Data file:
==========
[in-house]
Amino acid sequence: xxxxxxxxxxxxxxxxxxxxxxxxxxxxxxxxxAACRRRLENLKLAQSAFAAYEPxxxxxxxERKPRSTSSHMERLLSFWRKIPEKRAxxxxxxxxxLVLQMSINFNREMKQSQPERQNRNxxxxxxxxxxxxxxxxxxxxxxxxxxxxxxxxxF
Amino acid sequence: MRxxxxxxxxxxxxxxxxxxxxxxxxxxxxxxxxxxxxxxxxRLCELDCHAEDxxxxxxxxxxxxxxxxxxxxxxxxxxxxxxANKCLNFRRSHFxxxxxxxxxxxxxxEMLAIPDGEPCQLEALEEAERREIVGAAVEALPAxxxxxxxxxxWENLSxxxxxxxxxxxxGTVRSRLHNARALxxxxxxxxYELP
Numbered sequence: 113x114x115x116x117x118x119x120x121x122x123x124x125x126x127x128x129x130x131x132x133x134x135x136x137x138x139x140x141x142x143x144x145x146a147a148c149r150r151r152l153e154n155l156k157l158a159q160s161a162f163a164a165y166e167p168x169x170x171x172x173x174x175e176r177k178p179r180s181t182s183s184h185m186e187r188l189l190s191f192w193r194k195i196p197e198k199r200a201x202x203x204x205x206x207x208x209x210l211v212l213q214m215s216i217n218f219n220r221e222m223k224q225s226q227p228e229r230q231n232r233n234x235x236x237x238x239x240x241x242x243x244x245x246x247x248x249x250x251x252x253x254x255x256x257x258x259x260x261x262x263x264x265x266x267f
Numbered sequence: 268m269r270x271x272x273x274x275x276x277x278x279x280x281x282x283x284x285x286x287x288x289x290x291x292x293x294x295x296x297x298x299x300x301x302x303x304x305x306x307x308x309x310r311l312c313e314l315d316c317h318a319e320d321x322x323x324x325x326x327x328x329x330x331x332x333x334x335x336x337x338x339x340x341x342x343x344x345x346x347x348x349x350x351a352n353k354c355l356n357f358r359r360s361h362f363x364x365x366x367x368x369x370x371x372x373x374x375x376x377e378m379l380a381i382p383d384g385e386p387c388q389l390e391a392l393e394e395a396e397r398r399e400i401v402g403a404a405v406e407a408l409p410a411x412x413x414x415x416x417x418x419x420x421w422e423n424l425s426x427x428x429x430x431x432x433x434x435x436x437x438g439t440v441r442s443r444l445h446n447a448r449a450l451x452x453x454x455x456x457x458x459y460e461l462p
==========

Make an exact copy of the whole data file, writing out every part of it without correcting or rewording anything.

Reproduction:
[in-house]
Amino acid sequence: xxxxxxxxxxxxxxxxxxxxxxxxxxxxxxxxxAACRRRLENLKLAQSAFAAYEPxxxxxxxERKPRSTSSHMERLLSFWRKIPEKRAxxxxxxxxxLVLQMSINFNREMKQSQPERQNRNxxxxxxxxxxxxxxxxxxxxxxxxxxxxxxxxxF
Amino acid sequence: MRxxxxxxxxxxxxxxxxxxxxxxxxxxxxxxxxxxxxxxxxRLCELDCHAEDxxxxxxxxxxxxxxxxxxxxxxxxxxxxxxANKCLNFRRSHFxxxxxxxxxxxxxxEMLAIPDGEPCQLEALEEAERREIVGAAVEALPAxxxxxxxxxxWENLSxxxxxxxxxxxxGTVRSRLHNARALxxxxxxxxYELP
Numbered sequence: 113x114x115x116x117x118x119x120x121x122x123x124x125x126x127x128x129x130x131x132x133x134x135x136x137x138x139x140x141x142x143x144x145x146a147a148c149r150r151r152l153e154n155l156k157l158a159q160s161a162f163a164a165y166e167p168x169x170x171x172x173x174x175e176r177k178p179r180s181t182s183s184h185m186e187r188l189l190s191f192w193r194k195i196p197e198k199r200a201x202x203x204x205x206x207x208x209x210l211v212l213q214m215s216i217n218f219n220r221e222m223k224q225s226q227p228e229r230q231n232r233n234x235x236x237x238x239x240x241x242x243x244x245x246x247x248x249x250x251x252x253x254x255x256x257x258x259x260x261x262x263x264x265x266x267f
Numbered sequence: 268m269r270x271x272x273x274x275x276x277x278x279x280x281x282x283x284x285x286x287x288x289x290x291x292x293x294x295x296x297x298x299x300x301x302x303x304x305x306x307x308x309x310r311l312c313e314l315d316c317h318a319e320d321x322x323x324x325x326x327x328x329x330x331x332x333x334x335x336x337x338x339x340x341x342x343x344x345x346x347x348x349x350x351a352n353k354c355l356n357f358r359r360s361h362f363x364x365x366x367x368x369x370x371x372x373x374x375x376x377e378m379l380a381i382p383d384g385e386p387c388q389l390e391a392l393e394e395a396e397r398r399e400i401v402g403a404a405v406e407a408l409p410a411x412x413x414x415x416x417x418x419x420x421w422e423n424l425s426x427x428x429x430x431x432x433x434x435x436x437x438g439t440v441r442s443r444l445h446n447a448r449a450l451x452x453x454x455x456x457x458x459y460e461l462p